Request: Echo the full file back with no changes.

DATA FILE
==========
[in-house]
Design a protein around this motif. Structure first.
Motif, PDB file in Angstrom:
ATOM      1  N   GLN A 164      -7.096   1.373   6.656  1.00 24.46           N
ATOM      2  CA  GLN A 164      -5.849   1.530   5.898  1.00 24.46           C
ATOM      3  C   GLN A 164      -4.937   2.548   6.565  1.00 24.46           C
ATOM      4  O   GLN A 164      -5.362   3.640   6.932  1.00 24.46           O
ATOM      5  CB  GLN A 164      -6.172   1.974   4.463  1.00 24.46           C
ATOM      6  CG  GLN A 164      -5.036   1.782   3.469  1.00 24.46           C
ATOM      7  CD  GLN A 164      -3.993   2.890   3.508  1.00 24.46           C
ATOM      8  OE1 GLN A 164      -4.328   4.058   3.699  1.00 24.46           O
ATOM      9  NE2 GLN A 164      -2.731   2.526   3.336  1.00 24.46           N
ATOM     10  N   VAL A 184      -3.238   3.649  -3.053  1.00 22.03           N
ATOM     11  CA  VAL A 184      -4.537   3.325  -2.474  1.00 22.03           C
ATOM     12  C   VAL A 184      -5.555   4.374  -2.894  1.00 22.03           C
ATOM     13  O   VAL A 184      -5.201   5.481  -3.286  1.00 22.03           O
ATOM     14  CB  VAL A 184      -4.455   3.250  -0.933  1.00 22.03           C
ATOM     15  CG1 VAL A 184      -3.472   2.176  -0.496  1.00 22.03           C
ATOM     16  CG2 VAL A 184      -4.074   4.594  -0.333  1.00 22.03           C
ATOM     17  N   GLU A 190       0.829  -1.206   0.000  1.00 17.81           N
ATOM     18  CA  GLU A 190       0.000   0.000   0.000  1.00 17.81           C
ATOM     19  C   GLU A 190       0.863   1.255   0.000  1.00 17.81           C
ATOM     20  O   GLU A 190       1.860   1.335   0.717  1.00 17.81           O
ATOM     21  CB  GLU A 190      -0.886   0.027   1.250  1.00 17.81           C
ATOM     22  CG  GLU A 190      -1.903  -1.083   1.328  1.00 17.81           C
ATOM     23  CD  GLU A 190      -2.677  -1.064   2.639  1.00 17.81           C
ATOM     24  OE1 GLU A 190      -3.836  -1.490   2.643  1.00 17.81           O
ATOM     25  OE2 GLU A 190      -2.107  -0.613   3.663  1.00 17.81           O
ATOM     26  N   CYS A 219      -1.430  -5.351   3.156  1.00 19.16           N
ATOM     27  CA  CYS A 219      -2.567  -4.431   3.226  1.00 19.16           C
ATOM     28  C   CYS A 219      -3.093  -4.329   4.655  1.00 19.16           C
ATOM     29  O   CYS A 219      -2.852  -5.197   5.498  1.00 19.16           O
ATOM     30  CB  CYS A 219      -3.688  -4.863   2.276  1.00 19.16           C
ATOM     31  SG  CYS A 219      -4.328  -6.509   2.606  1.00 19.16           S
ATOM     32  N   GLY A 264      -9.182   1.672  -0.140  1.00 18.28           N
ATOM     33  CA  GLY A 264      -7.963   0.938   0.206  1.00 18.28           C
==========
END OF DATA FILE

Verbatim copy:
[in-house]
Design a protein around this motif. Structure first.
Motif, PDB file in Angstrom:
ATOM      1  N   GLN A 164      -7.096   1.373   6.656  1.00 24.46           N
ATOM      2  CA  GLN A 164      -5.849   1.530   5.898  1.00 24.46           C
ATOM      3  C   GLN A 164      -4.937   2.548   6.565  1.00 24.46           C
ATOM      4  O   GLN A 164      -5.362   3.640   6.932  1.00 24.46           O
ATOM      5  CB  GLN A 164      -6.172   1.974   4.463  1.00 24.46           C
ATOM      6  CG  GLN A 164      -5.036   1.782   3.469  1.00 24.46           C
ATOM      7  CD  GLN A 164      -3.993   2.890   3.508  1.00 24.46           C
ATOM      8  OE1 GLN A 164      -4.328   4.058   3.699  1.00 24.46           O
ATOM      9  NE2 GLN A 164      -2.731   2.526   3.336  1.00 24.46           N
ATOM     10  N   VAL A 184      -3.238   3.649  -3.053  1.00 22.03           N
ATOM     11  CA  VAL A 184      -4.537   3.325  -2.474  1.00 22.03           C
ATOM     12  C   VAL A 184      -5.555   4.374  -2.894  1.00 22.03           C
ATOM     13  O   VAL A 184      -5.201   5.481  -3.286  1.00 22.03           O
ATOM     14  CB  VAL A 184      -4.455   3.250  -0.933  1.00 22.03           C
ATOM     15  CG1 VAL A 184      -3.472   2.176  -0.496  1.00 22.03           C
ATOM     16  CG2 VAL A 184      -4.074   4.594  -0.333  1.00 22.03           C
ATOM     17  N   GLU A 190       0.829  -1.206   0.000  1.00 17.81           N
ATOM     18  CA  GLU A 190       0.000   0.000   0.000  1.00 17.81           C
ATOM     19  C   GLU A 190       0.863   1.255   0.000  1.00 17.81           C
ATOM     20  O   GLU A 190       1.860   1.335   0.717  1.00 17.81           O
ATOM     21  CB  GLU A 190      -0.886   0.027   1.250  1.00 17.81           C
ATOM     22  CG  GLU A 190      -1.903  -1.083   1.328  1.00 17.81           C
ATOM     23  CD  GLU A 190      -2.677  -1.064   2.639  1.00 17.81           C
ATOM     24  OE1 GLU A 190      -3.836  -1.490   2.643  1.00 17.81           O
ATOM     25  OE2 GLU A 190      -2.107  -0.613   3.663  1.00 17.81           O
ATOM     26  N   CYS A 219      -1.430  -5.351   3.156  1.00 19.16           N
ATOM     27  CA  CYS A 219      -2.567  -4.431   3.226  1.00 19.16           C
ATOM     28  C   CYS A 219      -3.093  -4.329   4.655  1.00 19.16           C
ATOM     29  O   CYS A 219      -2.852  -5.197   5.498  1.00 19.16           O
ATOM     30  CB  CYS A 219      -3.688  -4.863   2.276  1.00 19.16           C
ATOM     31  SG  CYS A 219      -4.328  -6.509   2.606  1.00 19.16           S
ATOM     32  N   GLY A 264      -9.182   1.672  -0.140  1.00 18.28           N
ATOM     33  CA  GLY A 264      -7.963   0.938   0.206  1.00 18.28           C